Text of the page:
Title of document: Making Rice Production More Environmentally-Friendly

Authors: Norman Uphoff and Frank B. Dazzo

 

Ministry/Government Agency/Organisation: SRI International Network and Resources Center, International Programs, College of Agriculture and Life Sciences, Cornell University, Ithaca, NY, USA;

Department of Microbiology and Molecular Genetics, Michigan State University, East Lansing, MI , USA.

Year of publication: 2016

Geographic focus: Global level

Summary:

Irrigated rice production is one of the most essential agricultural activities for sustaining our global population, and at the same time, one of the agricultural sectors considered most eco-unfriendly. This is because it consumes a larger share of available freshwater resources, competing with varied ecosystems as well as other economic sectors; its paddy fields are responsible for significant emission of greenhouse gases; and the reliance on chemical fertilizers and various agrochemicals contributes to pollution of soils and water systems. These stresses on soils, hydrology and atmosphere are actually not necessary for rice production, which can be increased by modifying agronomic practices though more agroecologically-sound management practices. These, combined under the rubric of the System of Rice Intensification (SRI), can reduce requirements of irrigation water, chemical fertilizer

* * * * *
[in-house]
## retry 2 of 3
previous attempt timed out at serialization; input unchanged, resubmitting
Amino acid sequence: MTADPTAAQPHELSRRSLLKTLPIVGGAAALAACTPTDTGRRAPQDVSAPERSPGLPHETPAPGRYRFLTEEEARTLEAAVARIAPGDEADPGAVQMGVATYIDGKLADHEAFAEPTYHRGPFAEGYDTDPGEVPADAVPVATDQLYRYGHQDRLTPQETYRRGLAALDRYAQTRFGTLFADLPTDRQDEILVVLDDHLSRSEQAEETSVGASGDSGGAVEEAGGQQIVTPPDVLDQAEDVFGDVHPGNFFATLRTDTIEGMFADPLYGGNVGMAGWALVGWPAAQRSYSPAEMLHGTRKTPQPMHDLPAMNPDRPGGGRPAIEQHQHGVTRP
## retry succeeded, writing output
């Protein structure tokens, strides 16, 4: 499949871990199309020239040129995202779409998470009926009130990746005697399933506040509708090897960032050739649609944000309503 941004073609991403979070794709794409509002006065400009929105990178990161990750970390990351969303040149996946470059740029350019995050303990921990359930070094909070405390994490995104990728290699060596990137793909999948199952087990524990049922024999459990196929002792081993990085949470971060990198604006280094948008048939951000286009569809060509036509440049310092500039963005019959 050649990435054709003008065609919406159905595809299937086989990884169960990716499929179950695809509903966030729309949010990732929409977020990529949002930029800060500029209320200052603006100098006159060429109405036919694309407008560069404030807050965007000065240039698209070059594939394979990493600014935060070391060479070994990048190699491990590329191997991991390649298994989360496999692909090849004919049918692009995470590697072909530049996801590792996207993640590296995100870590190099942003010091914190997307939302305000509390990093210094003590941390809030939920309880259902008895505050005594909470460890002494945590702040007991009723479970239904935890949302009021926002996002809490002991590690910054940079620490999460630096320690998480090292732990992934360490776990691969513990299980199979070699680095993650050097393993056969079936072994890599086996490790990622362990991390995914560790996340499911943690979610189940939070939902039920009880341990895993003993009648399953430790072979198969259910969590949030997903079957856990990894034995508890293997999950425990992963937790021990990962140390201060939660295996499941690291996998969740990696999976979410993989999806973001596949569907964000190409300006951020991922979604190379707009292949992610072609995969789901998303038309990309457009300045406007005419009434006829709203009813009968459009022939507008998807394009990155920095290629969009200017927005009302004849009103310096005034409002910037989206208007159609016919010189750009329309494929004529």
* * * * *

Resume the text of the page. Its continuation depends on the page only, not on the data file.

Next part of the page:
and agrochemicals while increasing paddy yields and farmer’s net incomes. Here we discuss how irrigated rice production can be made more eco-friendly for the benefit of farmers, consumers and the environment. This is achieved by introducing practices that improve the growth and functioning of rice plants’ root systems and enhance the abundance, diversity and activity of beneficial soil organisms that live around plant roots and within the plants themselves as symbiotic endophytes.